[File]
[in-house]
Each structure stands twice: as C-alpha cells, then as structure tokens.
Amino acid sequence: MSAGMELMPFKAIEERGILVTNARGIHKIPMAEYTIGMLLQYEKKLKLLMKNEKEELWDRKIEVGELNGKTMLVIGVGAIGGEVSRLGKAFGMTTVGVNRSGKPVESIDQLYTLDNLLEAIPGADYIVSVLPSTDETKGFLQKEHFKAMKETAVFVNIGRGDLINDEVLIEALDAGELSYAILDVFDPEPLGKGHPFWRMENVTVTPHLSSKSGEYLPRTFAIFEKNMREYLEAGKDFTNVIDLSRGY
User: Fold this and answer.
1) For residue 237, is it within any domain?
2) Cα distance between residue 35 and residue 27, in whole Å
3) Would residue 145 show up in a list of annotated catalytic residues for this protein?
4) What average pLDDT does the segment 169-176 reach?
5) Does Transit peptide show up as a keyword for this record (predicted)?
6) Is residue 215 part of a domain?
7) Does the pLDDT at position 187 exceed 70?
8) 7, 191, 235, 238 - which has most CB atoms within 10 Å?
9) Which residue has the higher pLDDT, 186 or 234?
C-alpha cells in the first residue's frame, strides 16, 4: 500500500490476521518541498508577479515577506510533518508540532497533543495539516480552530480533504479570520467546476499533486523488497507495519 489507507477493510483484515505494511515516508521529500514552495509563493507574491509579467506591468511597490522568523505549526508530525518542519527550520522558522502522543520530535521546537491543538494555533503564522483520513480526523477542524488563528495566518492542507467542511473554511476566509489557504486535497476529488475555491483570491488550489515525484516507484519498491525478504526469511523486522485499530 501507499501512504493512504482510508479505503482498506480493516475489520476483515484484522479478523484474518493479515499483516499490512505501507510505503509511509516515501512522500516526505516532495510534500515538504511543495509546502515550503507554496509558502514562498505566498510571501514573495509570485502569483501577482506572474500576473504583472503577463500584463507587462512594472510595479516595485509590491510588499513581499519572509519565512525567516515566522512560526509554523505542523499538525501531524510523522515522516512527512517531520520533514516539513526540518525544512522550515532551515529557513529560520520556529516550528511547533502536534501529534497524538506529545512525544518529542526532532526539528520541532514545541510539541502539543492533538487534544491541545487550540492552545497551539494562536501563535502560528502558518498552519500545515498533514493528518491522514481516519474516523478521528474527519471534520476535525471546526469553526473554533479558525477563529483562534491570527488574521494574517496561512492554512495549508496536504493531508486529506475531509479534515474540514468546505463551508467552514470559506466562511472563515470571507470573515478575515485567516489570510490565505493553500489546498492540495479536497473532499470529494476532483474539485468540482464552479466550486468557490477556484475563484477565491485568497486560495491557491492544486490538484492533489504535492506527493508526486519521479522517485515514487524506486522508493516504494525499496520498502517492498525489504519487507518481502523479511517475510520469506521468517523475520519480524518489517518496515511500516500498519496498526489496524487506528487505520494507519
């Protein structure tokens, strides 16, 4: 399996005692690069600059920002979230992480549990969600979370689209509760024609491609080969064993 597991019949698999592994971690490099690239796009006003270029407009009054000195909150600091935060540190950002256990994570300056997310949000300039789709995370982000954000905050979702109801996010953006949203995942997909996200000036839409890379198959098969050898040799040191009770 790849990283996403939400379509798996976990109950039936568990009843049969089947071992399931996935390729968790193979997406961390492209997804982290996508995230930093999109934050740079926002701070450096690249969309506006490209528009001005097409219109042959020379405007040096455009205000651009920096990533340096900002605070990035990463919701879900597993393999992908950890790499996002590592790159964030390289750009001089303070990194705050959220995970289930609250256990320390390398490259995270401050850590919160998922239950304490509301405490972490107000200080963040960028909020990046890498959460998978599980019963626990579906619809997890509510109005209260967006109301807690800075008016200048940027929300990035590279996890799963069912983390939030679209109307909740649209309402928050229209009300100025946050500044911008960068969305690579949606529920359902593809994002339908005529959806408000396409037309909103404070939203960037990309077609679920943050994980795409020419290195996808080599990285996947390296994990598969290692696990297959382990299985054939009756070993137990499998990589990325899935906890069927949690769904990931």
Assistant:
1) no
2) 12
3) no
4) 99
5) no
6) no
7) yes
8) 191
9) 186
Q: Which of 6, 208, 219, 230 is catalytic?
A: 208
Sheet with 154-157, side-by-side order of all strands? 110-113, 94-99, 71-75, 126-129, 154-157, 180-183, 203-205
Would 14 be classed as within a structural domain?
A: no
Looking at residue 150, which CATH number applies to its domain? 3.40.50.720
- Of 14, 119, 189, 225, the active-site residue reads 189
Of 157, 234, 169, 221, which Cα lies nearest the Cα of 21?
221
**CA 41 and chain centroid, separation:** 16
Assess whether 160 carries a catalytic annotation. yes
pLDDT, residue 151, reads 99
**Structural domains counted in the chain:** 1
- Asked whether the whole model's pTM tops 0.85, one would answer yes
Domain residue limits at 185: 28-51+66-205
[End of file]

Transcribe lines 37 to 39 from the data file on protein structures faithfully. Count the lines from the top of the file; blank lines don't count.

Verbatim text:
pLDDT, residue 151, reads 99
**Structural domains counted in the chain:** 1
- Asked whether the whole model's pTM tops 0.85, one would answer yes